Doctor insights on:
Has Mvp Ever Been Missed On An Echocardiogram
Mitral valve prolapse is when the mitral valve that separates the heart's left atrium and left ventricle does not close appropriately. When the heart contracts to push blood from the left ventricle to the rest of the body, portions of the mitral valve move backwards into the left atrium. This can cause regurgitation of blood from the left ventricle into the left atrium. Most of the time a mitral valve prolapse is asymptomatic and does ...Read more
I was diagnosed with MVP and have some leakage based on my echocardiogram . What's normal and abnormal ? Thank you
Go With The Flow: Normal is no regurgitation (back flow) in the heart. In the 5-10% of people who have MVP, maybe up to 20% back flow (regurgitation) is OK.Beyond that, it depends on your overall health and what symptoms you have. Severe would be more than about 60% back flow (that is, blood not flowing in the correct direction, thus putting more strain on the heart to pump blood).Your dentist should know about it. ...Read more
Had an echocardiogram done which confirmed the prolapse ( MVP ). Am I going to have a surgery as the condition gets worth ?
I am 27 and have just been diagnosed with trivial mitral regurgitation but no mention of mvp on my echocardiogram results. Is this likely progress?
Don't worry: Trivial mitral regurgitation is just that - trivial. Do not worry too much about this very common finding. Just file the knowledge away, and if you ever have another echo (which you just might never need) you and your doctor can see if there has been any change. In all likelihood there won't be. ...Read moreSee 1 more doctor answer
My doctor thinks I have a mitral valve prolapse , however there is a 10 month wait for an ethnocardiogram to determine this. The symptoms have persisted and at points have gotten worse . What should I do?
In an adult, is an echocardiogram likely to miss a small vsd (small, but causing a murmur)? Or is it reliable to rule it out? Usually found as child?
Unlikely: If we can hear the murmur with a stethoscope, then an echo probe will usually be able to show the blood crossing the vsd, even if the 2-d imaging doesn't clearly show the defect. However, if the echo windows are very poor (e.g., with obesity, chest wall deformities or fused ribs, lung disease like emphysema, etc.), then it may be hard to visualize the heart at all, and a vsd could then be missed. ...Read moreSee 1 more doctor answer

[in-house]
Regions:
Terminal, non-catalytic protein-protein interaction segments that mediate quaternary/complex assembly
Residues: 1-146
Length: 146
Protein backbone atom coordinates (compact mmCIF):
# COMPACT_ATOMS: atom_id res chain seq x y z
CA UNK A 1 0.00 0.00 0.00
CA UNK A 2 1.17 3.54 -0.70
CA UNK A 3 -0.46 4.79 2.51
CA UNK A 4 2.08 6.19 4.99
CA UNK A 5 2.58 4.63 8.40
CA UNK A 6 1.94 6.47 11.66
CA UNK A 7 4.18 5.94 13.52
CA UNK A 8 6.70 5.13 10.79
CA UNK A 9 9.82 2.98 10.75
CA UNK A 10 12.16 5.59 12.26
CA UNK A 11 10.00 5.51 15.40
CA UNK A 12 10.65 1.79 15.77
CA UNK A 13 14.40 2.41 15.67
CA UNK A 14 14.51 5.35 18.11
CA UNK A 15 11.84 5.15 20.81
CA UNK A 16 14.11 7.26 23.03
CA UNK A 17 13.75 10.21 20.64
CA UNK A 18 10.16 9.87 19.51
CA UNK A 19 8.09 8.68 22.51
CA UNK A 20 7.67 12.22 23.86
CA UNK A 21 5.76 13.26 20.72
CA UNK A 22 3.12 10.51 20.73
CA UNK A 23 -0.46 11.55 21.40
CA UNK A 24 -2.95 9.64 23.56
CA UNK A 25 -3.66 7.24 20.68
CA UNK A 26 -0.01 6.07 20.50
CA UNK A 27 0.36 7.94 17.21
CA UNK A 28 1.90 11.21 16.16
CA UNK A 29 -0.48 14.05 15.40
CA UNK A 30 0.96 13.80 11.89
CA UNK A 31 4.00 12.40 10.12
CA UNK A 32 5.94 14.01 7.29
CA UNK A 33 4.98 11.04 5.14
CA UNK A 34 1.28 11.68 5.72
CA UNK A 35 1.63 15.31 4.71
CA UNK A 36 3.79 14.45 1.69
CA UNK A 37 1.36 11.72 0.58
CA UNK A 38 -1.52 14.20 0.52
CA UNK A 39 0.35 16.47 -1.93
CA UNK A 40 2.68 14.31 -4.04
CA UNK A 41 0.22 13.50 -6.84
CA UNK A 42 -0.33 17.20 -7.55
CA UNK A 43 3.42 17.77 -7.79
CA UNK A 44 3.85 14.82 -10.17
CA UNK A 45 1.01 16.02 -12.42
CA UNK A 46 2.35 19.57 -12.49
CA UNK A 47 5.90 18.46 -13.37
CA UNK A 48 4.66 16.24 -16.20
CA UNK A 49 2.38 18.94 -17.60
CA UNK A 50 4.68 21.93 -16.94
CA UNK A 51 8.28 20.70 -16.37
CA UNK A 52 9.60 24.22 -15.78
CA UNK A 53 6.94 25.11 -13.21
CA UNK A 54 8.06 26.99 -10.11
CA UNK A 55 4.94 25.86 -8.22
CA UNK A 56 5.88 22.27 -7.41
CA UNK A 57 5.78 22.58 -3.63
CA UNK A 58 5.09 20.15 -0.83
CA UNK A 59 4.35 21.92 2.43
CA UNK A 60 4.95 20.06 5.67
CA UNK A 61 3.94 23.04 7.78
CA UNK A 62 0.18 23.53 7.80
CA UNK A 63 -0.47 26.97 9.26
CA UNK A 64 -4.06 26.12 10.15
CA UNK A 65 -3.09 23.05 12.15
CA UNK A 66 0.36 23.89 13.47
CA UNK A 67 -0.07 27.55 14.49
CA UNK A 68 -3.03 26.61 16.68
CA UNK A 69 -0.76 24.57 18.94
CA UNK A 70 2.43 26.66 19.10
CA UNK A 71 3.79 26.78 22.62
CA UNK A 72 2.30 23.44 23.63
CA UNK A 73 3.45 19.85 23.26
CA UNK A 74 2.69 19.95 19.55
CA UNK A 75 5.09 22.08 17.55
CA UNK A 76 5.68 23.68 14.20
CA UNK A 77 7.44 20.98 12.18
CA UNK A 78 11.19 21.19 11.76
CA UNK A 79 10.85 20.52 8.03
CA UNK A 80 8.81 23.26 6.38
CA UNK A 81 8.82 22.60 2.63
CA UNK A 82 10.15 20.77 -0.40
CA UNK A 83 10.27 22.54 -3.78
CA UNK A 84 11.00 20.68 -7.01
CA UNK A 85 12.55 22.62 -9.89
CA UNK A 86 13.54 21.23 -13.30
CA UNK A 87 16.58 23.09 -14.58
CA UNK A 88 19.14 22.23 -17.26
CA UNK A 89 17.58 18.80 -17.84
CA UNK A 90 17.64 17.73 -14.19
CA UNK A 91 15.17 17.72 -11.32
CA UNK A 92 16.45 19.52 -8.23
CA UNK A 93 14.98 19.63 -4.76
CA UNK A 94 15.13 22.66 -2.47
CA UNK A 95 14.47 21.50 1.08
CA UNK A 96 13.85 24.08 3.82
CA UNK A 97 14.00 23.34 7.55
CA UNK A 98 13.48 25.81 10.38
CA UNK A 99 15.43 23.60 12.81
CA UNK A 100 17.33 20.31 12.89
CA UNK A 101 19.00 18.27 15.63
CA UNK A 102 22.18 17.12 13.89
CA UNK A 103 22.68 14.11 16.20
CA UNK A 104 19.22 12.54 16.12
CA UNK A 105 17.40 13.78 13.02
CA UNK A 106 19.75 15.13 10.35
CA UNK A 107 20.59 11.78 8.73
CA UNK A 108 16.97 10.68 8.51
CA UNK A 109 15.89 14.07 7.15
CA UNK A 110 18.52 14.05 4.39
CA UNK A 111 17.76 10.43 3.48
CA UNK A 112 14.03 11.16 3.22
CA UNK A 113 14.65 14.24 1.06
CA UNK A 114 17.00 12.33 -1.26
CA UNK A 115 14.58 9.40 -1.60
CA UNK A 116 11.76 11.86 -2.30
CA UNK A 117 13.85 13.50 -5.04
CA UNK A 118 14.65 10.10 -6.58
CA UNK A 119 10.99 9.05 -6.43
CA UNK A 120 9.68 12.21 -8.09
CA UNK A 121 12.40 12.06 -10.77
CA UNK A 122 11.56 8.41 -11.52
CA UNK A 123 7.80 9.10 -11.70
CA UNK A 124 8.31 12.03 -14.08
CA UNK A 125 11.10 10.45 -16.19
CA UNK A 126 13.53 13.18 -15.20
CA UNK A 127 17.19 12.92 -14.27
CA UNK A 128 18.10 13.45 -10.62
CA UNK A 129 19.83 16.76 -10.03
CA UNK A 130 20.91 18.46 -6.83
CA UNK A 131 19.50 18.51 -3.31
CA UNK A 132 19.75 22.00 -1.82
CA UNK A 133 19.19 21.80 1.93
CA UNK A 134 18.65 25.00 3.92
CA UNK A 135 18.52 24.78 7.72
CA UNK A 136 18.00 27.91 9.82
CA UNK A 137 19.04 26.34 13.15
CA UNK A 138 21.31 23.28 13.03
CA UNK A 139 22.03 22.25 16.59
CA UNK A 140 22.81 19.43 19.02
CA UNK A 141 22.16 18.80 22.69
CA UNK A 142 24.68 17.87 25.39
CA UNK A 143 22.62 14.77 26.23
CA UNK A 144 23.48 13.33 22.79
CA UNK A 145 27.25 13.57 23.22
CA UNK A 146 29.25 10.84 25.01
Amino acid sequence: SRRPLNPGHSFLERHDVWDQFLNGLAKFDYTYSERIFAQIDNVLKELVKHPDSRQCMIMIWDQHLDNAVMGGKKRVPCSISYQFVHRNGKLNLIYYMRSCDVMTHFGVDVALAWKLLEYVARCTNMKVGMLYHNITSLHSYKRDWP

Yes: A resting echocardiogram is not the test of choice to diagnose a right coronary artery thrombosis. A CT angiogram would diagnose that, or a conventional invasive angiogram ought to elucidate that finding. This is a very specific finding. A stress echocardiogram might suggest right coronary artery insufficiency by revealing regional wall motion abnormality. See a cardiologist. ...Read more
Echo refers to reflections of sound waves, typically 0.5-10mhz, sent through a body structure, all variants of water density. Cardio refers to heart. Gram refers to a picture or graphical representation of the data. A form of us, these help see certain aspects of our hearts behavior/function, real-time in motion picture video. Quality & usefulness varies widely as ...Read more
Cardiac echo is a somewhat redundant term for "echocardiogram." during this painless procedure, harmless sound waves are passed into the chest and reflected back, providing a detailed image of the heart, measures of the flow of blood within it, and information about certain structures which surround ...Read more
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